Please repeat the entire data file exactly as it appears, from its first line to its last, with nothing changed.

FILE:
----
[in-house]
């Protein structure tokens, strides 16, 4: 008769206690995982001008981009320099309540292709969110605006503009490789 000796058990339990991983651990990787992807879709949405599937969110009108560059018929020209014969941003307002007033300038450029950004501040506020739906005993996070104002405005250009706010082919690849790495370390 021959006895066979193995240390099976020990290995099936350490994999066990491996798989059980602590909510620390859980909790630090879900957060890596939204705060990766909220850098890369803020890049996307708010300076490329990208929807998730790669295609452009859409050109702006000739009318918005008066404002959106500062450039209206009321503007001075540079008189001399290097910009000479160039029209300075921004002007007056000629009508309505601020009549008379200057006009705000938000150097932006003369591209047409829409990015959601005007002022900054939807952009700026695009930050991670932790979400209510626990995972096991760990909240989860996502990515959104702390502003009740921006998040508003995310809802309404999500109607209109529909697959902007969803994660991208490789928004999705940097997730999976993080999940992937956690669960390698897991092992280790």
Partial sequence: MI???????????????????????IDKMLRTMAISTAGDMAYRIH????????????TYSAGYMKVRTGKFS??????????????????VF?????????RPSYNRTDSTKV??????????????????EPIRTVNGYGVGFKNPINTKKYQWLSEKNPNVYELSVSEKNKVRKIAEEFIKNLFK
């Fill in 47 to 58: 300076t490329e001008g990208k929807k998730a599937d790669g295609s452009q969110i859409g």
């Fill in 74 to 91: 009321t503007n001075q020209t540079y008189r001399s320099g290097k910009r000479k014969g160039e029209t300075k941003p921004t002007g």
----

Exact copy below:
[in-house]
């Protein structure tokens, strides 16, 4: 008769206690995982001008981009320099309540292709969110605006503009490789 000796058990339990991983651990990787992807879709949405599937969110009108560059018929020209014969941003307002007033300038450029950004501040506020739906005993996070104002405005250009706010082919690849790495370390 021959006895066979193995240390099976020990290995099936350490994999066990491996798989059980602590909510620390859980909790630090879900957060890596939204705060990766909220850098890369803020890049996307708010300076490329990208929807998730790669295609452009859409050109702006000739009318918005008066404002959106500062450039209206009321503007001075540079008189001399290097910009000479160039029209300075921004002007007056000629009508309505601020009549008379200057006009705000938000150097932006003369591209047409829409990015959601005007002022900054939807952009700026695009930050991670932790979400209510626990995972096991760990909240989860996502990515959104702390502003009740921006998040508003995310809802309404999500109607209109529909697959902007969803994660991208490789928004999705940097997730999976993080999940992937956690669960390698897991092992280790």
Partial sequence: MI???????????????????????IDKMLRTMAISTAGDMAYRIH????????????TYSAGYMKVRTGKFS??????????????????VF?????????RPSYNRTDSTKV??????????????????EPIRTVNGYGVGFKNPINTKKYQWLSEKNPNVYELSVSEKNKVRKIAEEFIKNLFK
């Fill in 47 to 58: 300076t490329e001008g990208k929807k998730a599937d790669g295609s452009q969110i859409g």
């Fill in 74 to 91: 009321t503007n001075q020209t540079y008189r001399s320099g290097k910009r000479k014969g160039e029209t300075k941003p921004t002007g």